Wednesday, June 11, 2008
Tommy Bolin - Teaser
I've just been informed by my "ever-right" partner here at the Ripple, the Pope, that today's review marks our 100th post (I know the counter says more, but ignore that). While maybe not worthy of a national holiday, we still thought this was a good time to thank all the waveriders out there, the bands and labels who sweat out their hearts and souls to produce the music and the readers who's words and comments make this such a fun job. We'll keep digging underneath the rocks searching for the best new, unheralded and lost classic artists we can find. Please drop us a line anytime to let us know if there's anything we could be doing to make the Ripple better, and we look forward to what the next 100 posts will bring us, and beyond.
So for our 100th post, I thought we'd go back and look at the work of a lost classic.
The world is full of great, "lost" artists. Musical geniuses who flew by too fast for the mainstream to catch up, just a fleeting burst of lightning then they were shuffled and misfiled in the archives of the past, leaving the world a bit more barren for their loss. And it's a shame, because many of these artists had such a tremendous gift to bring, yet it somehow never got heard.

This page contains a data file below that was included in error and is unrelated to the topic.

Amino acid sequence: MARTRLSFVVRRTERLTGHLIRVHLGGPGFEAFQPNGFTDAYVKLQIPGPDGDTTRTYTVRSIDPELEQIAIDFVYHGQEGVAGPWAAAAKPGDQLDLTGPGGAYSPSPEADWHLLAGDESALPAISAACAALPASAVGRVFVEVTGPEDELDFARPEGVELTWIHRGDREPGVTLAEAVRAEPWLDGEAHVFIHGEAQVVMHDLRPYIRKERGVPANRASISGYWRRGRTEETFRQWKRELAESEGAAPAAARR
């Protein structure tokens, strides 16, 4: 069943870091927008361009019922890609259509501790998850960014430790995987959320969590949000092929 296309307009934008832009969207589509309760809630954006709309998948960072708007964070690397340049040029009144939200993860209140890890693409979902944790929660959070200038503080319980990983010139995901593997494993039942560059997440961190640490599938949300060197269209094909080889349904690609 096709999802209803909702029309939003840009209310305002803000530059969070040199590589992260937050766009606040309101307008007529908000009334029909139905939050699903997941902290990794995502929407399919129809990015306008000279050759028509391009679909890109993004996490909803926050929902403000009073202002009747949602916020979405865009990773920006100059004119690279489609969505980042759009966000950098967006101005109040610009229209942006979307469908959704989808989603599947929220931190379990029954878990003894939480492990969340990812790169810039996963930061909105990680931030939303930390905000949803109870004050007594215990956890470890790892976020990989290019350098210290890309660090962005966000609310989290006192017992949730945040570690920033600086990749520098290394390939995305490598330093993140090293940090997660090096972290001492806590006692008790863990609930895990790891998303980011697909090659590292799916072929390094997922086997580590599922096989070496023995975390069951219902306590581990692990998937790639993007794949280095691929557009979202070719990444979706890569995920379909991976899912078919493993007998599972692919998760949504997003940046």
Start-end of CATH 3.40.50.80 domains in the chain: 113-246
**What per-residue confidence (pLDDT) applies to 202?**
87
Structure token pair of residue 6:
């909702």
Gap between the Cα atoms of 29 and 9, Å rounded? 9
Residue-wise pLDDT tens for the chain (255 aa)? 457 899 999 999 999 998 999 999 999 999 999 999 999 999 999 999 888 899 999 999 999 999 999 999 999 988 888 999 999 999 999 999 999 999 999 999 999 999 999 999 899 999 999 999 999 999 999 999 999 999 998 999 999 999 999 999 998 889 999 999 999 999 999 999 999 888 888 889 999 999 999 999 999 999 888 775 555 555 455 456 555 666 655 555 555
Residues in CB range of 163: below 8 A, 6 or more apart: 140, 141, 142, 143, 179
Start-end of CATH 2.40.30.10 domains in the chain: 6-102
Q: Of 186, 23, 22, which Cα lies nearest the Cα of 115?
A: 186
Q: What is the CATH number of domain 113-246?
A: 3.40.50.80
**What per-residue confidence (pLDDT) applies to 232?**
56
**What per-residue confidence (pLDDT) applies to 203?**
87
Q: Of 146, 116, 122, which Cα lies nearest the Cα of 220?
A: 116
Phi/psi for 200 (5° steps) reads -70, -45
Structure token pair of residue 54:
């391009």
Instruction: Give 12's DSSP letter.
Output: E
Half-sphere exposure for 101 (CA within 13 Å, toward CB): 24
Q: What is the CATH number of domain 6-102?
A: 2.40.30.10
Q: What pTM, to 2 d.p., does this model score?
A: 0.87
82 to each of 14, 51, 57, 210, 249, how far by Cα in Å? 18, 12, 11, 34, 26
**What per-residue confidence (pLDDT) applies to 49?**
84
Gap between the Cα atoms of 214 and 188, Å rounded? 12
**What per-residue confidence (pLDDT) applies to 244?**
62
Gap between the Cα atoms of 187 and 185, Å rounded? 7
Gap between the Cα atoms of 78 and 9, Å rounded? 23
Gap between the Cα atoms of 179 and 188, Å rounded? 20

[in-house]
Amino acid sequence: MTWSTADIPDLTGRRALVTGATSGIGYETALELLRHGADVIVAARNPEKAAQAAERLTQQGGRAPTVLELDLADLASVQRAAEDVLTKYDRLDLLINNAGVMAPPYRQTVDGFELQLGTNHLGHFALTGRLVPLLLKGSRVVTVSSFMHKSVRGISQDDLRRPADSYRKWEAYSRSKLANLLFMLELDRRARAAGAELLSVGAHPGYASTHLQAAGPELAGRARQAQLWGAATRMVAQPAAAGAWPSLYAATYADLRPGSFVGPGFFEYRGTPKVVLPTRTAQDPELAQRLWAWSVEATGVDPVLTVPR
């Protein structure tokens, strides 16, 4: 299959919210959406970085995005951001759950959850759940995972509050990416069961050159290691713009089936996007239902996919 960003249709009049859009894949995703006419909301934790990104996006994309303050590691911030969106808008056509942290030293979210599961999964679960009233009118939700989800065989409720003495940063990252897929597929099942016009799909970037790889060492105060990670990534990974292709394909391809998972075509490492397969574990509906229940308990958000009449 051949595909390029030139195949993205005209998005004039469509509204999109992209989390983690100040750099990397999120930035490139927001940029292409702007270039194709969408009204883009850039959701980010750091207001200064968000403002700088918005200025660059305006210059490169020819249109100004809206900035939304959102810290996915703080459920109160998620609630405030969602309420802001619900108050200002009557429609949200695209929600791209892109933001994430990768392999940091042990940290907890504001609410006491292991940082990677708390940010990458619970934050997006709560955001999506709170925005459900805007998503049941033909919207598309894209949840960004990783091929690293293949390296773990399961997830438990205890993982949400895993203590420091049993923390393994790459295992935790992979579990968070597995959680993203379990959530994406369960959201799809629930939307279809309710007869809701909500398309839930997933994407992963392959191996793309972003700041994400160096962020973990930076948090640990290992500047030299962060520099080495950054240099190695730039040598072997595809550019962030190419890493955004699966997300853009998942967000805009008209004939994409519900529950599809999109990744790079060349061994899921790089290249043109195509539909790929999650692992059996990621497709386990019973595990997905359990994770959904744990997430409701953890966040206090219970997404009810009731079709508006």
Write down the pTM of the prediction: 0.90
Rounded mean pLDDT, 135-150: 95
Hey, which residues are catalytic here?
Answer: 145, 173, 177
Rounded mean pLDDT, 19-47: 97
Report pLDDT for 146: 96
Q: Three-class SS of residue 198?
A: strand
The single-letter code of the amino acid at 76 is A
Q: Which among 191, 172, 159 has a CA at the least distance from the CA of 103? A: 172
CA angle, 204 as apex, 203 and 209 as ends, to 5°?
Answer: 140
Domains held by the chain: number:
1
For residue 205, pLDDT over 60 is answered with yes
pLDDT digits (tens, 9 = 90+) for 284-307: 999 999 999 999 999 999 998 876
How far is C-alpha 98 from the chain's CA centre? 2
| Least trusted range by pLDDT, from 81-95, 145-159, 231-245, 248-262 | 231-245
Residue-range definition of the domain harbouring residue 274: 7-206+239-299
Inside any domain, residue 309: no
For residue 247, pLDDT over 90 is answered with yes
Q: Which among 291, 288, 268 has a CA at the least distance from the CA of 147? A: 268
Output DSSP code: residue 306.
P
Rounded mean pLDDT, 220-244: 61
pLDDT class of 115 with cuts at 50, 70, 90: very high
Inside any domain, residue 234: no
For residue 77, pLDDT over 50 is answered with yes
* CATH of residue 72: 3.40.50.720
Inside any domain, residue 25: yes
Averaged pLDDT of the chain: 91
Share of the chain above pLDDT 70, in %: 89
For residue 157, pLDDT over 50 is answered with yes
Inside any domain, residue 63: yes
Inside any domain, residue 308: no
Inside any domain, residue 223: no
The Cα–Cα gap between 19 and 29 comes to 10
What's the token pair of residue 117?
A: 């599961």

And without a doubt, one guitarist who deserved to reach a larger audience was Tommy Bolin.
Just the mention of his name can provoke an extreme of reaction: On one side you'll find his devoted fans, a dedicated cult following who'll talk endlessly about the brilliance of his playing and his roll in the creation of hard rock and jazz fusion. On the other side, you'll find those who associate his name only with the demise of their favorite band, either Deep Purple or the James Gang. And then, there are those who've just never been lucky enough to hear of the guy.
So today, we'll set the record straight. There was not a guitarist who came to light in the '70's who had such a gift of tone and fluidity, or was as versatile and creative as Tommy Bolin. If history was kind, he'd be held with the same esteem as Page, mentioned with the same breath as Beck and be as revered as Clapton. Before he died, way too young at the age of 25 of a drug overdose, Bolin left behind a prodigious archive of impassioned rock and fusion that just should not be missed.
Teaser, the first of Bolin's two masterful solo albums is a recording of infinite beauty, grace and devastating power. Up until this point, Bolin's career had been one of fits and starts. Stepping in for Joe Walsh with the moribund James Gang, he couldn't save the band, even though his two Gang albums, Miami and Bang are now considered under-rated gems. And following Richie Blackmore into Deep Purple was a move destined for failure, regardless of who the guitarist was. Blackmore's fans would make sure of it, even though history has proved Bolin's one Purple album Come Taste the Band to be a rock/funk masterpiece. In truth, as talented as he was, Tommy Bolin was the wrong guitarist to have ever been brought into these bands. His style wasn't meant to be shoehorned into that of a pre-existing framework and fan base, he was a free bird, a creative whirlwind, best served flying on his own. Which is exactly what he did with Teaser.